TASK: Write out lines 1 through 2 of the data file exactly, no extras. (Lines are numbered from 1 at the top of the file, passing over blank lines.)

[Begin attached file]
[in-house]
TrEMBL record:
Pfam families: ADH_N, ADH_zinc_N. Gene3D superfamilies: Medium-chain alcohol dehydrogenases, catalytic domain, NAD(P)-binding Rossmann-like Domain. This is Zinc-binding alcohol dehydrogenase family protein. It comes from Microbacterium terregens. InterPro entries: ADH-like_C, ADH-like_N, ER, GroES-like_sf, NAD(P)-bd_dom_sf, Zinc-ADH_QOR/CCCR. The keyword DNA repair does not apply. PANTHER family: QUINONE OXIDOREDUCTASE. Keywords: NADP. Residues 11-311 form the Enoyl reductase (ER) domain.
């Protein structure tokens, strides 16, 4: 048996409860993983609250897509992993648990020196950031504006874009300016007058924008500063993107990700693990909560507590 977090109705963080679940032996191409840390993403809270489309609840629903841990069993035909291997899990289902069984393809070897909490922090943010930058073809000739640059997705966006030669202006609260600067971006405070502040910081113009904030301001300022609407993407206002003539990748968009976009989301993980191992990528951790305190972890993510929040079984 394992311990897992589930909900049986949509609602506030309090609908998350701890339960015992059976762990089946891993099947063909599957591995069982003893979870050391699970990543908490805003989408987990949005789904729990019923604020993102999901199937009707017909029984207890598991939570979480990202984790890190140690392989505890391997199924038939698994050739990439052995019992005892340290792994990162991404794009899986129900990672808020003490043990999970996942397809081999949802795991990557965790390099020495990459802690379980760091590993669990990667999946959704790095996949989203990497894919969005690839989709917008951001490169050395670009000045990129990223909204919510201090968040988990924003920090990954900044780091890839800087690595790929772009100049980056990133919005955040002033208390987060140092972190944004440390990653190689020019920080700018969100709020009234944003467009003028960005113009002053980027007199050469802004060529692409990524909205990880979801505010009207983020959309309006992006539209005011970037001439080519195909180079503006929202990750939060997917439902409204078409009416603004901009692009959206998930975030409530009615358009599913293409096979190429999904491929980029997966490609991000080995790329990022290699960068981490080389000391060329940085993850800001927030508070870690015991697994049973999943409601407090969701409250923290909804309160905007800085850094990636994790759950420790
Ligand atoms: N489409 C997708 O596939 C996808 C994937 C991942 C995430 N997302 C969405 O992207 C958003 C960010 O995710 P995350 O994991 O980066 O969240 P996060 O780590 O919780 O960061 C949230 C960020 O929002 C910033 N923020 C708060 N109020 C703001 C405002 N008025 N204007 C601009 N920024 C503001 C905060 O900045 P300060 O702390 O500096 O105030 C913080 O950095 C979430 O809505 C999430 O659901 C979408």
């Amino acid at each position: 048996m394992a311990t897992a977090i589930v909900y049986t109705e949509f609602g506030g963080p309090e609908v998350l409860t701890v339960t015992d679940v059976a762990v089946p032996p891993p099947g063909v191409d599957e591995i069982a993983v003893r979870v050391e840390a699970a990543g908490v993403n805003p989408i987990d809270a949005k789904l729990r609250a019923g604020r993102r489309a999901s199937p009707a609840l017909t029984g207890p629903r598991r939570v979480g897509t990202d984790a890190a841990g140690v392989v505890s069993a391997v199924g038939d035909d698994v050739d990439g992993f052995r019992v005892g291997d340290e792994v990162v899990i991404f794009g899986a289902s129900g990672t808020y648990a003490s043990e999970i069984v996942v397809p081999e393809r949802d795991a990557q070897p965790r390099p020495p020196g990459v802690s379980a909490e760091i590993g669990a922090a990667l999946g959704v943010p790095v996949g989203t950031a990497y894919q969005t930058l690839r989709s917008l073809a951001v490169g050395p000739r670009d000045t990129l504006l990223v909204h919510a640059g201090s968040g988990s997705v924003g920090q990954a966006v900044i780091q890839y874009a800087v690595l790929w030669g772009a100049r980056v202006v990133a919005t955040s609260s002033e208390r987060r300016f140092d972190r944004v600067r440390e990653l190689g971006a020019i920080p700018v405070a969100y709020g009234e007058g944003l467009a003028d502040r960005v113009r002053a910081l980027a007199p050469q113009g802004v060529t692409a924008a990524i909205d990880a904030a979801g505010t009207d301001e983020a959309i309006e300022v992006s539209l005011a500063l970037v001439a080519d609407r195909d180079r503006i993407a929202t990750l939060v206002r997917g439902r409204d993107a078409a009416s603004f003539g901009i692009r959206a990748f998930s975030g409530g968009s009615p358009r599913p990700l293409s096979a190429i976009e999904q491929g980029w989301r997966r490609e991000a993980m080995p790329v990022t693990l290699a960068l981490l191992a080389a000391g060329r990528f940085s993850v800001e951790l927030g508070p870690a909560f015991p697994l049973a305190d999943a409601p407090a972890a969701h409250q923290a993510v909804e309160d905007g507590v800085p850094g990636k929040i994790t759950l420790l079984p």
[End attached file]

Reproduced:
[in-house]
TrEMBL record: